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Port of Bristol
1800 – 1899
British Sailors
Sailors’ Homes

Bristol's Sailor Quarter

Marine missions and charities in relation to Bristol's floating harbour 

The Floating Harbour, Bristol, by Charles Parsons Knight (1829-1897). Source: Bristol Museum & Art Gallery.

Bristol's sailor quarter was relatively constrained when compared with larger British port cities. This was one result of the construction of the non-tidal Floating Harbour, which allowed vessels to dock right in the heart of the city.


The Floating Harbour, Bristol, by Charles Parsons Knight (1829-1897). Source: Bristol Museum & Art Gallery.


The Floating Harbour, designed by William Jessop, was completed in May 1809. This created a harbour area of 70 acres, with a series of docks running parallel to the business district, and minutes away from well-to-do residential areas, such as Queen Square. Sailors visiting the port were therefore a visible and relatively integrated feature of the city, rather than being isolated in their own wild sailor town like those of Cardiff or Liverpool (Davey 2019: 14). 


Bristol's sailor quarter in the 1860s as depicted by author artist Stan Hugill. Source: Hugill 1967: 34.

While dangerous for shipping of all kinds, the sweeping tides of the Bristol Channel had the advantage of keeping the Avon River relatively free of silt and avoiding the problems which faced other river ports. Mismanagement and its relatively small harbour and circuitous entrance through the Avon Gorge meant that Bristol was out-competed by other Atlantic ports, especially Liverpool. Things improved when the Bristol Dock Company, which had managed the port in the first half of the 19th century, was bought out by the Bristol Corporation in 1848 (Bristol Archives 2016). The Corporation encouraged improvements to the floating harbour. More important for the future of the port of Bristol was the construction new docks away from the city, at Avonmouth in 1877 and Portishead in 1879.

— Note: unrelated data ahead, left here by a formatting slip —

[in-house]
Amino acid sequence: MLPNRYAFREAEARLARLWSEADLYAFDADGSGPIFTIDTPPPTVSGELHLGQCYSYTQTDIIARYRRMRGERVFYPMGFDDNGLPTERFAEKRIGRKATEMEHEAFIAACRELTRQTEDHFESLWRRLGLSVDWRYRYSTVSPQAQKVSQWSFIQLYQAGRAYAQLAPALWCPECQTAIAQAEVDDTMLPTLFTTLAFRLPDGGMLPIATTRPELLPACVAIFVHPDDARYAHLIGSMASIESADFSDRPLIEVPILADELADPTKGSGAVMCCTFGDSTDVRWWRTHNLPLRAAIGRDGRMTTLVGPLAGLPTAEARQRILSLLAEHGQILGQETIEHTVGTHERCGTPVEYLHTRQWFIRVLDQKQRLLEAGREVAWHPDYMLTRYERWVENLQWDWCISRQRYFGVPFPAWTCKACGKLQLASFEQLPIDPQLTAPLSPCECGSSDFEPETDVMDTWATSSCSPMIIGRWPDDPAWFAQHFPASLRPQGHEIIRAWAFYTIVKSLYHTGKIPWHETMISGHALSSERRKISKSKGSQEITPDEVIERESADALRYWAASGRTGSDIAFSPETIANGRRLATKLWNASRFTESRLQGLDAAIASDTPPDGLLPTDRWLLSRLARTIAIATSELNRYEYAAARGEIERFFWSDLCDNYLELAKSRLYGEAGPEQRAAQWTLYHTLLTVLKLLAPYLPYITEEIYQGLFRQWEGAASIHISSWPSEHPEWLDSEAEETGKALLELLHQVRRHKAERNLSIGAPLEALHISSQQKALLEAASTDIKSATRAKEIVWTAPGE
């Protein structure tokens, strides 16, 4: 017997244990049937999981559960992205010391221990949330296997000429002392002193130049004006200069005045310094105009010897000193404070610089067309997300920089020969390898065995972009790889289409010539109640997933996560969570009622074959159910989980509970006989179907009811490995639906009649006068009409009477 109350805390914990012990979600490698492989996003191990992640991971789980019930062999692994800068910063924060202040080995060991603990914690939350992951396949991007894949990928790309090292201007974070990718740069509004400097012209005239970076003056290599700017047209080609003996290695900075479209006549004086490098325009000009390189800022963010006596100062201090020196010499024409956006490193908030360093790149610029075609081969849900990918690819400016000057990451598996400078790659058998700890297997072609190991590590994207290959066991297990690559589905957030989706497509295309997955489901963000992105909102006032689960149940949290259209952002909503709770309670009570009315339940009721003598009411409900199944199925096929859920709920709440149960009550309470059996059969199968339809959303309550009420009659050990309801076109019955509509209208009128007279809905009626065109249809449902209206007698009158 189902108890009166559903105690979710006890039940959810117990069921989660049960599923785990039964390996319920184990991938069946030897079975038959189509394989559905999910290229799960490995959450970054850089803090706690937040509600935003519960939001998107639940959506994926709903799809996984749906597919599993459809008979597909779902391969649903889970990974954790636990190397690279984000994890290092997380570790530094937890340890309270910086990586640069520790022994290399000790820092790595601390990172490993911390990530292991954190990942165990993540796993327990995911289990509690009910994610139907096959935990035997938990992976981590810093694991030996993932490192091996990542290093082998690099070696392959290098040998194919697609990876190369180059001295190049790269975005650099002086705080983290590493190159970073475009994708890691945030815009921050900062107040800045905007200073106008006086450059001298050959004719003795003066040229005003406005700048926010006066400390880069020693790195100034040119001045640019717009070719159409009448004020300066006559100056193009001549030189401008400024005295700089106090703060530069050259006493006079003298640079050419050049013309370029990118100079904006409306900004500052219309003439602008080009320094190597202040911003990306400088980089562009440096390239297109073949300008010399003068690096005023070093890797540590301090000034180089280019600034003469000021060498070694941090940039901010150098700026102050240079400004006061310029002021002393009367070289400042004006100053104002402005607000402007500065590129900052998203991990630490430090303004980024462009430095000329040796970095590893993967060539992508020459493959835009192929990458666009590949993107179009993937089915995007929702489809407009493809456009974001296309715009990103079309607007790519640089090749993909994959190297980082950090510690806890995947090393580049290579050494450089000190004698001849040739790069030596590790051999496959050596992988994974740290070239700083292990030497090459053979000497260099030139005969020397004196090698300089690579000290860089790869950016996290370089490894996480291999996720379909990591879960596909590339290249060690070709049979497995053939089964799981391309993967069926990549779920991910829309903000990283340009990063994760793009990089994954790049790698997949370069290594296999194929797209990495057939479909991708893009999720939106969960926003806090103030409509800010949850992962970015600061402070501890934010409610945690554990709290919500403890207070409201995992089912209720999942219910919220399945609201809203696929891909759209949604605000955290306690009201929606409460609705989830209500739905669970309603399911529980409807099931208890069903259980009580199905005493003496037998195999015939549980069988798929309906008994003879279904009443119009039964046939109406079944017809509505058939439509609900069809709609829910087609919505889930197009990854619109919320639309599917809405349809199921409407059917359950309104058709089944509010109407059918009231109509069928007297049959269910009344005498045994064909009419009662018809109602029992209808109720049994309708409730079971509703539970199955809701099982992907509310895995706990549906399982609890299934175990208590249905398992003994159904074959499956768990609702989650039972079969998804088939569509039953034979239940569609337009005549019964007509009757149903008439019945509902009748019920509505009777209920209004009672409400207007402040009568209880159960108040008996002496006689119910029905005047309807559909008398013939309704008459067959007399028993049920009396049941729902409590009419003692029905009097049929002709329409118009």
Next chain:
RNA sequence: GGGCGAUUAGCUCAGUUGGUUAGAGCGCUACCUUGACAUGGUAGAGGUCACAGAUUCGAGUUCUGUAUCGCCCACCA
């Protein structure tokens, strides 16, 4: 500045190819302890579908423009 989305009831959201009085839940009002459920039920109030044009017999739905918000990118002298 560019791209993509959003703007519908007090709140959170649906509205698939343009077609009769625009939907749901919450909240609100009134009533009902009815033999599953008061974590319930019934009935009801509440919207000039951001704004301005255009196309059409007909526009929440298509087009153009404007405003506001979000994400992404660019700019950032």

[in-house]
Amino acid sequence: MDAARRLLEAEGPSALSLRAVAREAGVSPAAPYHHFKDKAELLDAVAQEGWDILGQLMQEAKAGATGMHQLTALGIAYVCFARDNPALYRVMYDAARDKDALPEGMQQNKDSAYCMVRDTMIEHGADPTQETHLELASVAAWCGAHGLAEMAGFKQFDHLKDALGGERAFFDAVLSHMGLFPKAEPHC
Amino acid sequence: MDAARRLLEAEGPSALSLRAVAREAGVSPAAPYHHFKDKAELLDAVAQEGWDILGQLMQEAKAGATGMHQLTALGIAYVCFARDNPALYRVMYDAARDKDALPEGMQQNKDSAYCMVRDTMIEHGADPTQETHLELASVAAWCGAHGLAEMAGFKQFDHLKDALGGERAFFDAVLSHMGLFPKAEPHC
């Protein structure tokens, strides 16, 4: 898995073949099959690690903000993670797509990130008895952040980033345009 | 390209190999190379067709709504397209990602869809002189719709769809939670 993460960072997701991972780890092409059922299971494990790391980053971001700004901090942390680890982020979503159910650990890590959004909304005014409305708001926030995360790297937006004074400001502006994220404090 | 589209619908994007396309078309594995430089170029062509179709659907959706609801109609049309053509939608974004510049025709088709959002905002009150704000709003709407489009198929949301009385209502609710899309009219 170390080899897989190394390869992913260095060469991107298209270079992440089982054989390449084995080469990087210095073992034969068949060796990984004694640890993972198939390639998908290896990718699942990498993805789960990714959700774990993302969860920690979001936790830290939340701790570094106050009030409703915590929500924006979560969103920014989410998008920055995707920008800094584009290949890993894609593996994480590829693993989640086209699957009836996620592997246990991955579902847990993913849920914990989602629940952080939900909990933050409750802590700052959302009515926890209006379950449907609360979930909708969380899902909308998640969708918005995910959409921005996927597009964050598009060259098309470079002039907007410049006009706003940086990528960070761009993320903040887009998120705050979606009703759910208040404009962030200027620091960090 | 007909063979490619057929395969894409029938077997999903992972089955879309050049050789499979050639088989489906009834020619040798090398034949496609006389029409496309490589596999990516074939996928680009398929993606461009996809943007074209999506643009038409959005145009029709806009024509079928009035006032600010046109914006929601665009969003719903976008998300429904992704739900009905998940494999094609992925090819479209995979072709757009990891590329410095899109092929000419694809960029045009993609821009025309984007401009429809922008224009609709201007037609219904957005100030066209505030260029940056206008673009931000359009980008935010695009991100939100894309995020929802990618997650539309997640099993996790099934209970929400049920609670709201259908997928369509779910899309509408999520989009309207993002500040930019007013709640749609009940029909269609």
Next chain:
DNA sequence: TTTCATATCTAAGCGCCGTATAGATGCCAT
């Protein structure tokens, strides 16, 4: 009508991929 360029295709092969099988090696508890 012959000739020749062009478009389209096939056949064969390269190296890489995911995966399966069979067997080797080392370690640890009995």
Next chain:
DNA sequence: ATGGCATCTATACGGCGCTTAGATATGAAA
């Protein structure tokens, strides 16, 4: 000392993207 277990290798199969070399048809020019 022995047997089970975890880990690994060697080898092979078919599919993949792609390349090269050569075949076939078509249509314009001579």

All the Avon River ports, including the Bristol Floating Harbour, Avonmouth and Portishead, developed a Victorian infrastructure of maritime missions, seamen's homes and churches or chapels. These supplemented the older charities, such as the Society of Merchant Venturers' Almshouses (1696) for convalescent and aging sailors in King Street.


The Seamen's Institute incorporating the Anglican Missions to Seamen, and Seamen's Church, c. 1920. Source: Johnson-Marshall and Kendon.

The Bristol sailors' quarter included the Bristol Sailors' Home (1851) in Queen Square, and the Anglican Missions to Seamen in the Seamen's Institute (1873), with the Seamen's Church (1880) above, at 53 Prince Street. The Institute was badly damaged in the Bristol blitz on 1840, and awaits an adventurous renovation and reuse (Johnson-Marshall and Kendon 2022).



Bristol Archives. 2016. Ships, Seamen and Emigrants: Sources for Research (Bristol: Bristol Archives).

Davey, Joe. 2019. 'A higher class of men?: sailors and working-class communities in Bristol 1850-1914' (unpublished doctoral thesis, University of Portsmouth).

Hugill, Stan. 1967. Sailortown (London: Routledge).

Johnson-Marshall, Jeremy, and Sam Kendon. 2022. Abolition Shed Heritage Statement: Seamen's Mission (Bristol: Marshall & Kendon Architects).

Press, Jonathan. 1976. The Merchant seamen of Bristol, 1747-1789 (Bristol: Bristol Branch of The Historical Association).


Records of the Bristol Sailors’ Home, 1851-1988. 40311 Bristol Archives.

The Seven Ages of Bristol Docks.

Citation for this article

Hilary Carey, 'Bristol's Sailor Quarter' Mariners: Race, Religion and Empire in British Ports 1801-1914,
Retrieved 14 July 2024